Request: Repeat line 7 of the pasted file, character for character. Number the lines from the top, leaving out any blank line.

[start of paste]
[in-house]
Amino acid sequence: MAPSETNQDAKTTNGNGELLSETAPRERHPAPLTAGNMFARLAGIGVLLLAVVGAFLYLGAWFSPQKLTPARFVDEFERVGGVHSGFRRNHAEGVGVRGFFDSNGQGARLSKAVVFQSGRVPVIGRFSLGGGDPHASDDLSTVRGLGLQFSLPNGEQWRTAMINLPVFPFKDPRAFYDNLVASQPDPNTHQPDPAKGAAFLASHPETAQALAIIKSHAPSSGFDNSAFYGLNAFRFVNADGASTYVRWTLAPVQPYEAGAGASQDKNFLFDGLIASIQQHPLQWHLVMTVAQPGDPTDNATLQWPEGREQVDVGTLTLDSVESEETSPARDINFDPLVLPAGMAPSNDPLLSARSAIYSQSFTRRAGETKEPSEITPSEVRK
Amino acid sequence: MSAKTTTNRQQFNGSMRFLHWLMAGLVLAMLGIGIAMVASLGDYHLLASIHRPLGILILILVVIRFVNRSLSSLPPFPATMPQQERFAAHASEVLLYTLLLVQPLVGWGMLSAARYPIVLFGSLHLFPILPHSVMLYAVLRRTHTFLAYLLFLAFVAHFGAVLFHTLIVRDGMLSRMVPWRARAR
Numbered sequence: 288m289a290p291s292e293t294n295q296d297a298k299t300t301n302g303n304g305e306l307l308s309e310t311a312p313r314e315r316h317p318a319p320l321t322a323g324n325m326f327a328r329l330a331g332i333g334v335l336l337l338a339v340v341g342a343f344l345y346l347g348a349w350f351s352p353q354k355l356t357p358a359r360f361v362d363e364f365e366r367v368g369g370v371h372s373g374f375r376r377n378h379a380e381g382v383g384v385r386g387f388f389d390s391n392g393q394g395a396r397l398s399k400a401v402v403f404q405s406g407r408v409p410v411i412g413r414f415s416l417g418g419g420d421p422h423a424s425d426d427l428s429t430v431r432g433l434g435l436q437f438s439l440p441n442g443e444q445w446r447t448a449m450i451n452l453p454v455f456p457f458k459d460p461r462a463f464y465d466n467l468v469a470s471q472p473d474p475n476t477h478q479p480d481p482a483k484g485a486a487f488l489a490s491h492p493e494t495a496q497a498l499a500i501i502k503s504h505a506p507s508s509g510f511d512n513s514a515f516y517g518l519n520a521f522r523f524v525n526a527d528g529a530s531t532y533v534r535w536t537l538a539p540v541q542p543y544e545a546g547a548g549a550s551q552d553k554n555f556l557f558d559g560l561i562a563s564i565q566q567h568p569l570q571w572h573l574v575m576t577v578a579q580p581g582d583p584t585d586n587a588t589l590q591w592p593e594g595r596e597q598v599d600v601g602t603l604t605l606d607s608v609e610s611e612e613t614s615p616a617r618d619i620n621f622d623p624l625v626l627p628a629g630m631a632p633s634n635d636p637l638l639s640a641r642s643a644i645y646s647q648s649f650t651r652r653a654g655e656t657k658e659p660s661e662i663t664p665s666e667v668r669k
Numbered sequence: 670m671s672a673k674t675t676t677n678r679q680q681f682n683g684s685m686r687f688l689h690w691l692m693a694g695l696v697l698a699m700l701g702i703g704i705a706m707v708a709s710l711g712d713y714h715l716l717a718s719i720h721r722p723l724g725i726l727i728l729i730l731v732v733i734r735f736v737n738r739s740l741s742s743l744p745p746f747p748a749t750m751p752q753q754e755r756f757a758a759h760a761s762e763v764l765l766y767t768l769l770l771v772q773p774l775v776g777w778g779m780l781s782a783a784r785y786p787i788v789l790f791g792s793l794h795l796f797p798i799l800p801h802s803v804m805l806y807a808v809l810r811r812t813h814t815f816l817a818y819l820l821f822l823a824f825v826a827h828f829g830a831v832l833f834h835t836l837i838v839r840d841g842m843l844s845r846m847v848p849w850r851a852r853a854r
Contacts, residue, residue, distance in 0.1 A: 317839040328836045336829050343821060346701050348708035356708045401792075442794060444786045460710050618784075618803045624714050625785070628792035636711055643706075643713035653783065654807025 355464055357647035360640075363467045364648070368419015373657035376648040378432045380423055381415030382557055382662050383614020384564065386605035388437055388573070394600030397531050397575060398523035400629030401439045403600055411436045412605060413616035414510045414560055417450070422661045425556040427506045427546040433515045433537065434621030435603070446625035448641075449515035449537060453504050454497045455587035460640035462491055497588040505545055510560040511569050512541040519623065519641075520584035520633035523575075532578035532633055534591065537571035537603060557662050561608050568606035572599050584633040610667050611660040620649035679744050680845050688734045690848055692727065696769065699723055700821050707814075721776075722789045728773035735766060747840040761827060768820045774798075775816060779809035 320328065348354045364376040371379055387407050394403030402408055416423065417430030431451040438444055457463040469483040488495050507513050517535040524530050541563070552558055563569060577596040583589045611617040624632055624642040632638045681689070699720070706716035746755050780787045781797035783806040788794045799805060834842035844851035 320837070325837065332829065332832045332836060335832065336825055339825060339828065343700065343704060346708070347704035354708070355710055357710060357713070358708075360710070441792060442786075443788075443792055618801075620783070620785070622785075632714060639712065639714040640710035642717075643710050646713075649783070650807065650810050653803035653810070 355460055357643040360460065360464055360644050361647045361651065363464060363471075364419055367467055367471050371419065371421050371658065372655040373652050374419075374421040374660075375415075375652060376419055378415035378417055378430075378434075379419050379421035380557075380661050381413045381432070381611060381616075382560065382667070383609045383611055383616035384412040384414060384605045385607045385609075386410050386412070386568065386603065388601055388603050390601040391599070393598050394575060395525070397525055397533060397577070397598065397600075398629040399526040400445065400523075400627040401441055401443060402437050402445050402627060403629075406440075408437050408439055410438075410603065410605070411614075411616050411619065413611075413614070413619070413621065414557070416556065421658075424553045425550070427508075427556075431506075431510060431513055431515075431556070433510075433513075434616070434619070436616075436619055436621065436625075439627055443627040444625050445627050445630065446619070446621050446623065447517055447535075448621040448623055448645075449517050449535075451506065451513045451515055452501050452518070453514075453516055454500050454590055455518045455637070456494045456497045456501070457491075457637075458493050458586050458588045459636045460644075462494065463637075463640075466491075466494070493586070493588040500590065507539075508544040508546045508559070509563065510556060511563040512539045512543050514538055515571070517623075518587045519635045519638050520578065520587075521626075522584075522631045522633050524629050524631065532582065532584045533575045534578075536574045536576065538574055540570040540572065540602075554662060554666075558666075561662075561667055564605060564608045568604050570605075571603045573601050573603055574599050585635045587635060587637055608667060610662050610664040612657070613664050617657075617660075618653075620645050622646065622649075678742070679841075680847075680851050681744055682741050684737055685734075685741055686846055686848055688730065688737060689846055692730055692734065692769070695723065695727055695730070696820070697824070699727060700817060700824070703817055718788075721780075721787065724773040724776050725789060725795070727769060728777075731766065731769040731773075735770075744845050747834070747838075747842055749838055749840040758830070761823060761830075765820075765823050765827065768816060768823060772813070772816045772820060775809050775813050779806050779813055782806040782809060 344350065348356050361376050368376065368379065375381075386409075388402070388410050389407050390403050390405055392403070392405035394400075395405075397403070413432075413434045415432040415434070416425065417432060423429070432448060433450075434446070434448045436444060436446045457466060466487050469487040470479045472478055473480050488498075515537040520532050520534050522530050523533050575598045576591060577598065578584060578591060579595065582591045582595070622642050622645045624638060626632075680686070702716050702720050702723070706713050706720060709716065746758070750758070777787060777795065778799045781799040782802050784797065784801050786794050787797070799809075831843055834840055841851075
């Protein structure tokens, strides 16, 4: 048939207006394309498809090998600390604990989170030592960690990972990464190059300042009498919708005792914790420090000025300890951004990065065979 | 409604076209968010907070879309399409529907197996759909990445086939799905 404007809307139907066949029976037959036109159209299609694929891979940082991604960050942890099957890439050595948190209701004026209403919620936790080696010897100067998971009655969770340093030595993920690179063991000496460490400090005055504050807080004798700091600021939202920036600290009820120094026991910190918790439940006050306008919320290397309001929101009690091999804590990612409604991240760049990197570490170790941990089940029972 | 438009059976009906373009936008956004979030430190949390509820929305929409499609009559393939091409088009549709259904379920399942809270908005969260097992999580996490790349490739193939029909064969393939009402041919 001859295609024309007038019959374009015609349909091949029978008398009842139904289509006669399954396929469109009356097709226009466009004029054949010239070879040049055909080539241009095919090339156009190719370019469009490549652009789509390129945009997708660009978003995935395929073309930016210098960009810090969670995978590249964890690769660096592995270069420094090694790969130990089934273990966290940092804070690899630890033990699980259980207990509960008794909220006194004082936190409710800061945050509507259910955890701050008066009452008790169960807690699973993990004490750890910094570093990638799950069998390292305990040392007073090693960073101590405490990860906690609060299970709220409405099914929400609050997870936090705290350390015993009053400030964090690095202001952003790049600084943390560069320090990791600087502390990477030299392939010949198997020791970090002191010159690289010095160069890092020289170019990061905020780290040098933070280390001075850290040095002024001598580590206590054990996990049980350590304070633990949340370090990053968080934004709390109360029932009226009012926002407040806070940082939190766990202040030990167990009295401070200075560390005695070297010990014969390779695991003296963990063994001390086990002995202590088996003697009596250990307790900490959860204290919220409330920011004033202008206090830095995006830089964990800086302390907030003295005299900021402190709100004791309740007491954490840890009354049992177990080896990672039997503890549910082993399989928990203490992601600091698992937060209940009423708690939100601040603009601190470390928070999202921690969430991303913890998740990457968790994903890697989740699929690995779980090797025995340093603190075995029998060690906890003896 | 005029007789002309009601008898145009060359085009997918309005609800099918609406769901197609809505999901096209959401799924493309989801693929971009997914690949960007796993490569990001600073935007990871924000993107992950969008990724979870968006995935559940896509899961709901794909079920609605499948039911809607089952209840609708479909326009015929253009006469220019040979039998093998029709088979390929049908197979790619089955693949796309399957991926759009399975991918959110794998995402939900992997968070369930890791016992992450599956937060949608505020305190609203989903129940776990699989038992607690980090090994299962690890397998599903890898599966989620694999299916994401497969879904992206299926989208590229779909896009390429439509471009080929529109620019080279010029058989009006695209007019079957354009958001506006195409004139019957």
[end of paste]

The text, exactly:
């Protein structure tokens, strides 16, 4: 048939207006394309498809090998600390604990989170030592960690990972990464190059300042009498919708005792914790420090000025300890951004990065065979 | 409604076209968010907070879309399409529907197996759909990445086939799905 404007809307139907066949029976037959036109159209299609694929891979940082991604960050942890099957890439050595948190209701004026209403919620936790080696010897100067998971009655969770340093030595993920690179063991000496460490400090005055504050807080004798700091600021939202920036600290009820120094026991910190918790439940006050306008919320290397309001929101009690091999804590990612409604991240760049990197570490170790941990089940029972 | 438009059976009906373009936008956004979030430190949390509820929305929409499609009559393939091409088009549709259904379920399942809270908005969260097992999580996490790349490739193939029909064969393939009402041919 001859295609024309007038019959374009015609349909091949029978008398009842139904289509006669399954396929469109009356097709226009466009004029054949010239070879040049055909080539241009095919090339156009190719370019469009490549652009789509390129945009997708660009978003995935395929073309930016210098960009810090969670995978590249964890690769660096592995270069420094090694790969130990089934273990966290940092804070690899630890033990699980259980207990509960008794909220006194004082936190409710800061945050509507259910955890701050008066009452008790169960807690699973993990004490750890910094570093990638799950069998390292305990040392007073090693960073101590405490990860906690609060299970709220409405099914929400609050997870936090705290350390015993009053400030964090690095202001952003790049600084943390560069320090990791600087502390990477030299392939010949198997020791970090002191010159690289010095160069890092020289170019990061905020780290040098933070280390001075850290040095002024001598580590206590054990996990049980350590304070633990949340370090990053968080934004709390109360029932009226009012926002407040806070940082939190766990202040030990167990009295401070200075560390005695070297010990014969390779695991003296963990063994001390086990002995202590088996003697009596250990307790900490959860204290919220409330920011004033202008206090830095995006830089964990800086302390907030003295005299900021402190709100004791309740007491954490840890009354049992177990080896990672039997503890549910082993399989928990203490992601600091698992937060209940009423708690939100601040603009601190470390928070999202921690969430991303913890998740990457968790994903890697989740699929690995779980090797025995340093603190075995029998060690906890003896 | 005029007789002309009601008898145009060359085009997918309005609800099918609406769901197609809505999901096209959401799924493309989801693929971009997914690949960007796993490569990001600073935007990871924000993107992950969008990724979870968006995935559940896509899961709901794909079920609605499948039911809607089952209840609708479909326009015929253009006469220019040979039998093998029709088979390929049908197979790619089955693949796309399957991926759009399975991918959110794998995402939900992997968070369930890791016992992450599956937060949608505020305190609203989903129940776990699989038992607690980090090994299962690890397998599903890898599966989620694999299916994401497969879904992206299926989208590229779909896009390429439509471009080929529109620019080279010029058989009006695209007019079957354009958001506006195409004139019957």